Wednesday, January 13, 2016

Andrew Grey - The Good Fight

Jerry Lincoln has a problem: his Sioux Falls IT consulting business has more work than one man can handle. Luckily, that means he can hire some help. Jerry just hopes his new employee, John Black Raven, ends up being more helpful than distracting—but John’s deep eyes and long hair are very distracting.
John came to town for an education and a chance at a life he couldn’t have on the reservation, but what’s important to him now is getting a job and keeping it. Six months ago, his sister died, and now her children are in foster care. Despite having the law on his side, John can’t get custody—can’t even see his niece and nephew.
As Jerry and John grow closer, John discovers he doesn’t have to struggle alone. Jerry helps him win visitation rights and provides much-needed support. Yet their victories aren’t without setbacks. Child Services is tangled up with money, politics, and red tape, and Native American children are their bread and butter. But John and Jerry are determined to fight the good fight and to win—in more ways than one.

Comment: This is a book I had scheduled to have been read last year. Somehow, I couldn't manage so for January I've decided to read some of those that were left behind despite my efforts to get them out of my TBR list. This is the first in a series but to be truthful, I don't think I'll read more.
In this book we meet Jerry Lincoln, a young man who's a computer expert and he works from home to several clients. Because he has so much to do, he decides to hire a co-worker and two men out of those who applied are perfect for the job. One of them, John Black Raven, a Native American makes him want for more than just computer help, but he can't say no to someone in need and who actually has the brain for it.
Hiring John is the beginning of a solid relationship and a fight to gain custody of John's nephew and niece in a battle against the system...
This book has some interesting elements and it's not badly written, clearly the author knows how to write, where to insert new elements, where to stress a feeling or downplaying a situation. The writing is fluid and easy and the romance has a cute side to bring a smile to a reader's face.
In my opinion, the story just isn't that thrilling and there are some plot choices and timelines I really felt weren't up to the way the story started, which was simple but precise.
In the beginning, Jerry is alone, we get to understand his family, very conservative, expelled him after he said he was gay and now he's alone, the only person who still loved him was his grandfather, now deceased, and Jerry lives his old house. I liked Jerry, his controlled "voice" while describing things. I should mention Jerry is the narrator of the story. Then the romance starts and at first it was cute to see how Jerry would be ogling John a lot and apparently it was mutual but of course Jerry wouldn't say that. At this point, first pages, everything seemed to go a good way. But their relationship became intimate soon, I know we're supposed to think they were just lusting for one another for a while but somehow I didn't get that feeling, it felt too fast. And because of that, that little detail of how attracted, how much sexual tension existed between them, how much need they had to know each other better seemed to be lacking...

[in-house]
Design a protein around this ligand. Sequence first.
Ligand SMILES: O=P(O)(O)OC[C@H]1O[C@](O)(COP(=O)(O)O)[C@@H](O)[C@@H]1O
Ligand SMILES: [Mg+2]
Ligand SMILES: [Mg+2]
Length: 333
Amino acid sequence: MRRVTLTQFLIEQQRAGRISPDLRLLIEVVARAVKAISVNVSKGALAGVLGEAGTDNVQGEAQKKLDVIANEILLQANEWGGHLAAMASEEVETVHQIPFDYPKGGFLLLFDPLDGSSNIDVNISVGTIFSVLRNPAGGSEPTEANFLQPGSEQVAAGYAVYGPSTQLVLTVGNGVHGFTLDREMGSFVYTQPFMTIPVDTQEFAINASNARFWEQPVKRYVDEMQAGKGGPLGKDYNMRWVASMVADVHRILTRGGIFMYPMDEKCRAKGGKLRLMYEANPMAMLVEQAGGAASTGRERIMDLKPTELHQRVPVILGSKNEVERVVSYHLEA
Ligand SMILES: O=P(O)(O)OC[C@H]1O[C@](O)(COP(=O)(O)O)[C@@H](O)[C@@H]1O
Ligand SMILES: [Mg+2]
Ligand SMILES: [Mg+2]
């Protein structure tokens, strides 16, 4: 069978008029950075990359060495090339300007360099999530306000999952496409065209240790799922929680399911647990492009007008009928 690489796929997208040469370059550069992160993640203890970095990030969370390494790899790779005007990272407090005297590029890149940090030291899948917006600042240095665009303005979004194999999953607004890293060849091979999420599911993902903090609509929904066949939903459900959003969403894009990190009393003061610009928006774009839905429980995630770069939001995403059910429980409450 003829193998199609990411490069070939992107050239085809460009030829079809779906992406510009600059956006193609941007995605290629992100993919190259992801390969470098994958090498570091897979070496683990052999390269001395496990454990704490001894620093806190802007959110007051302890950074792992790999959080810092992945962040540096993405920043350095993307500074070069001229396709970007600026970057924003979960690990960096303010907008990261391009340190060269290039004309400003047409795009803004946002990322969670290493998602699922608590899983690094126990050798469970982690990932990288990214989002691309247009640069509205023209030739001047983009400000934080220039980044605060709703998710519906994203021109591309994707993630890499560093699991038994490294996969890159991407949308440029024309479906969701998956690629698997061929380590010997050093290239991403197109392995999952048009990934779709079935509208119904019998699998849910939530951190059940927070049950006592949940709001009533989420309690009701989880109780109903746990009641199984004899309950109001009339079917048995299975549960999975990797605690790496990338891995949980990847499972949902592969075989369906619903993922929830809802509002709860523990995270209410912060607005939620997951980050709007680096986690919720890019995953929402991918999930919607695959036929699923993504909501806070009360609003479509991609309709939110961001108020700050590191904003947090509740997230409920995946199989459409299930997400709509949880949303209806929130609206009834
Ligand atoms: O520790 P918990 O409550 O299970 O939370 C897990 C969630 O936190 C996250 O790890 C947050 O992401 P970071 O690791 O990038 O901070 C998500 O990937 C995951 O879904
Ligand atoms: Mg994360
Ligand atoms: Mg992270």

As the story moves along, the focus almost stops being Jerry and John - their sex scenes seemed to happen at times where, sincerely, they should have been worried about other things - to turn into the issue of John's want to have his nephew and niece with him and not on child services. There is a lot of talk about the situation of Native American children in the system, in some states in particular, and I liked to learn that information but my problem is how that didn't seem to blend well with the romance part. I understand the importance of the subject and how it matters if people talk about it or read about it, but I didn't feel I was reading a romance at this point. It doesn't mean we're reading a treaty on Native American problems or sad facts, but it was something highlighted and despite its importance, it didn't match well with the romance idea. I got the feeling the goal was to present that situation and a romance was the vehicle. Nothing wrong with that, but it changed the mood and the expectations I had in the fictional side of things.
There are some secondary characters playing an important part, but I'll be honest and say I don't feel eager to read more about this series. I assume the same style will continue and I know it won't be memorable.
John and Jerry have interesting qualities, little details about their personal lives and personalities I found I wanted to know more about, but somehow, apart from the expected shows of sympathy, helping others, being concerned, being in love, nothing really key to their characters seemed to come to surface. At least, the way I saw it.
All in all, a good enough effort, I was entertained for a while but despite the fluid writing, the execution just left a lot to be desired in my book. It's just my opinion, most readers on GR seemed to have liked it better than I did.
Grade: 5/10

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